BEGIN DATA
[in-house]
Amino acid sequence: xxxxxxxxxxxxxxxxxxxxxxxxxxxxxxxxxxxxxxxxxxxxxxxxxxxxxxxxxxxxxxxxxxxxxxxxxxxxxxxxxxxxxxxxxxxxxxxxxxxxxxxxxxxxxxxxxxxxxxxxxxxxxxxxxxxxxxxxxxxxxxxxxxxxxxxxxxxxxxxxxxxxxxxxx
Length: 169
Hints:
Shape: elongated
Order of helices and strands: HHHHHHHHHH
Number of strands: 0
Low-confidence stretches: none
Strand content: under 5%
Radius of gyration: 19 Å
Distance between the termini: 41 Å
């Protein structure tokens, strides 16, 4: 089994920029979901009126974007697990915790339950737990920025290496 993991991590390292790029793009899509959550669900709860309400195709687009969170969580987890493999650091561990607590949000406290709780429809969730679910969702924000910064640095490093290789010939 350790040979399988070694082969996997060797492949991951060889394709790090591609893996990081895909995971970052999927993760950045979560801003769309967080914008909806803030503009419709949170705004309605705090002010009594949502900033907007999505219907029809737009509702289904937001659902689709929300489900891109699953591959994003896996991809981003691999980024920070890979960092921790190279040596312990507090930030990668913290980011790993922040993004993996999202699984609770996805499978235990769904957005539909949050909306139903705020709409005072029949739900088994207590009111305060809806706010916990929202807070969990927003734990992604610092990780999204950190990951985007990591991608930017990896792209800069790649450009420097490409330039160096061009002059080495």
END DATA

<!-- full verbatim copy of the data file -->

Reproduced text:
[in-house]
Amino acid sequence: xxxxxxxxxxxxxxxxxxxxxxxxxxxxxxxxxxxxxxxxxxxxxxxxxxxxxxxxxxxxxxxxxxxxxxxxxxxxxxxxxxxxxxxxxxxxxxxxxxxxxxxxxxxxxxxxxxxxxxxxxxxxxxxxxxxxxxxxxxxxxxxxxxxxxxxxxxxxxxxxxxxxxxxxx
Length: 169
Hints:
Shape: elongated
Order of helices and strands: HHHHHHHHHH
Number of strands: 0
Low-confidence stretches: none
Strand content: under 5%
Radius of gyration: 19 Å
Distance between the termini: 41 Å
């Protein structure tokens, strides 16, 4: 089994920029979901009126974007697990915790339950737990920025290496 993991991590390292790029793009899509959550669900709860309400195709687009969170969580987890493999650091561990607590949000406290709780429809969730679910969702924000910064640095490093290789010939 350790040979399988070694082969996997060797492949991951060889394709790090591609893996990081895909995971970052999927993760950045979560801003769309967080914008909806803030503009419709949170705004309605705090002010009594949502900033907007999505219907029809737009509702289904937001659902689709929300489900891109699953591959994003896996991809981003691999980024920070890979960092921790190279040596312990507090930030990668913290980011790993922040993004993996999202699984609770996805499978235990769904957005539909949050909306139903705020709409005072029949739900088994207590009111305060809806706010916990929202807070969990927003734990992604610092990780999204950190990951985007990591991608930017990896792209800069790649450009420097490409330039160096061009002059080495």